Switching between foods is reliably associated with intake across eating events in children

N. V. Neuwald, A. L. Pearce, P. M. Cunningham, L. Koczwara, M. N. Setzenfand, B. J. Rolls, K. L. Keller

Research output: Contribution to journalArticlepeer-review

Abstract

Emerging evidence suggests switching between foods during an eating event is positively associated with intake. However, it is unclear whether switching is a stable behavior that predicts consumption across multiple eating events. The current study explored whether switching is consistent within children and reliably associated with intake across varied eating events. We analyzed data from 88 (45 F), 7–8-year-old children without obesity participating in a 7-visit prospective cohort study (ClinicalTrials.gov NCT03341247). Amount consumed and energy intake were measured at 4 separate meals of foods that varied by portion sizes served. Meals included macaroni and cheese, chicken nuggets, broccoli, and grapes (all 0.7–2.5 kcal/g). Children's intake was also assessed during 2 eating in the absence of hunger (EAH) paradigms separated by ≥ 1 year. The EAH paradigm included 9 sweet and savory snack foods (all 1.9–5.7 kcal/g). All eating events were video-recorded and switching was assessed by counting the number of times a child shifted between different food items. Results demonstrated that switching was reliably associated with intake at both the meals and the EAH paradigms (ps < 0.01). Specifically, at meals each additional switch was associated with 11.7 ± 1.3 kcal (7.7 ± 0.8 g) more consumed, and during EAH each additional switch was associated with 8.1 ± 2.1 kcal (2.1 ± 0.5 g) more consumed. Switching behavior was also moderately consistent across meals (ICC = 0.70) and EAH paradigms (ICC = 0.50). However, switching at meals was not related to switching at EAH paradigms. This study demonstrates the consistency of switching behavior and its reliable association with intake across eating events, highlighting its potential to contribute to chronic overconsumption and childhood obesity.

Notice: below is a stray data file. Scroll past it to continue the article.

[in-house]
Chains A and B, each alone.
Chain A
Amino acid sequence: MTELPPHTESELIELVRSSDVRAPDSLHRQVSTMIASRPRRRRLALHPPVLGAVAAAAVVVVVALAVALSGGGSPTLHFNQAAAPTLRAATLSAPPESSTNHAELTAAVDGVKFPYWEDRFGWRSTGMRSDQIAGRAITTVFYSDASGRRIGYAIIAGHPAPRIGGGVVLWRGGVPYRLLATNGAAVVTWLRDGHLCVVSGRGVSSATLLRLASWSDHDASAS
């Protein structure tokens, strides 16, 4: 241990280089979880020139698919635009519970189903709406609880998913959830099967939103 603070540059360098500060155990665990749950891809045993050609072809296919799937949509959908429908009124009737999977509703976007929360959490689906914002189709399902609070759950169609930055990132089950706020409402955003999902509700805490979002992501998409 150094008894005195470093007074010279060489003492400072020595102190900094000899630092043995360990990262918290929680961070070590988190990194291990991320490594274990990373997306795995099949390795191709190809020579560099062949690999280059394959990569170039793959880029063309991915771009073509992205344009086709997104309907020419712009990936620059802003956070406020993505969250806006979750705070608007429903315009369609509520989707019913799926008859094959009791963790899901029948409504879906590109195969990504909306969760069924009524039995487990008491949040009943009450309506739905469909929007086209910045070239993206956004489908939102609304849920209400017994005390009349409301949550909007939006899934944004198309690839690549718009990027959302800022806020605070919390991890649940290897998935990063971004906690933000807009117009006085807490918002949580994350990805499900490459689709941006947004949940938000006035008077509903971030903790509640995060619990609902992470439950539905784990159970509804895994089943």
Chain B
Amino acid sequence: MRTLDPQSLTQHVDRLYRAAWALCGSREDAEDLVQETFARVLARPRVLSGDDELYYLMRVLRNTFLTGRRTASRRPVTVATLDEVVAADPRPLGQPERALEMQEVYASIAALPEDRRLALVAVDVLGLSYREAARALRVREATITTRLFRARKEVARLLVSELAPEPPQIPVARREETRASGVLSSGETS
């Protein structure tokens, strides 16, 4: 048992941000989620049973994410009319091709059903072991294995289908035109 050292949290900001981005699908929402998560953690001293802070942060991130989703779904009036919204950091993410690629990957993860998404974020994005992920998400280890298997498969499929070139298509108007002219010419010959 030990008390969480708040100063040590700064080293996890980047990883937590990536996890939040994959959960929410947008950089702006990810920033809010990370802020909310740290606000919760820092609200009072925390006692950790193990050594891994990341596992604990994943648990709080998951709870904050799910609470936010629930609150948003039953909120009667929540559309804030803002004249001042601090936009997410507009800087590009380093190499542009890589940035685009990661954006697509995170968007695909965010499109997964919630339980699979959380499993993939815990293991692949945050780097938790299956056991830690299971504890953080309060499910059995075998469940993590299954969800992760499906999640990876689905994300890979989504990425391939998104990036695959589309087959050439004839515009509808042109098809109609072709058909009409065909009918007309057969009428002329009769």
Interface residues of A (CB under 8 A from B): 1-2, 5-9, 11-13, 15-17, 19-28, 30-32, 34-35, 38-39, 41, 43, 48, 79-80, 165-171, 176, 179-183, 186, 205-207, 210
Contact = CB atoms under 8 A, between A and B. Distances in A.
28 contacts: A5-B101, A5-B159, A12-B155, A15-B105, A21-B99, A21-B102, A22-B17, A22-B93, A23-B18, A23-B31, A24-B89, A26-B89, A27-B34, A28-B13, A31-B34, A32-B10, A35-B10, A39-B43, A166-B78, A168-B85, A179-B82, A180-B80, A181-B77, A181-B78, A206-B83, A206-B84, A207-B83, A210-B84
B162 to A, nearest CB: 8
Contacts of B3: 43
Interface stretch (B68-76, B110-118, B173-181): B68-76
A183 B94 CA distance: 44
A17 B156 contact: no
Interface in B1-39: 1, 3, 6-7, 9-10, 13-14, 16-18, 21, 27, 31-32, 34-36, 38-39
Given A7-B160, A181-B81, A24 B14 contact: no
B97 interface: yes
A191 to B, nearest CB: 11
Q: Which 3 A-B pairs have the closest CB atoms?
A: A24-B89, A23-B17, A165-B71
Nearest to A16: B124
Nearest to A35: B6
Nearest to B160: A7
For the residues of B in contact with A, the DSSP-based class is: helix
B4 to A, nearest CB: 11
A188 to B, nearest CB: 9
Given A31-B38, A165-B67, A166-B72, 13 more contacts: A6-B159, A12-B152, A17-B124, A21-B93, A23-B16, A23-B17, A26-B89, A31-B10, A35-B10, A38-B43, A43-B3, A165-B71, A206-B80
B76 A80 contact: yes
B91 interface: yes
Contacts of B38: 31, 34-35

Original languageEnglish (US)
Article number107325
JournalAppetite
Volume197
DOIs
StatePublished - Jun 1 2024

All Science Journal Classification (ASJC) codes

  • General Psychology
  • Nutrition and Dietetics

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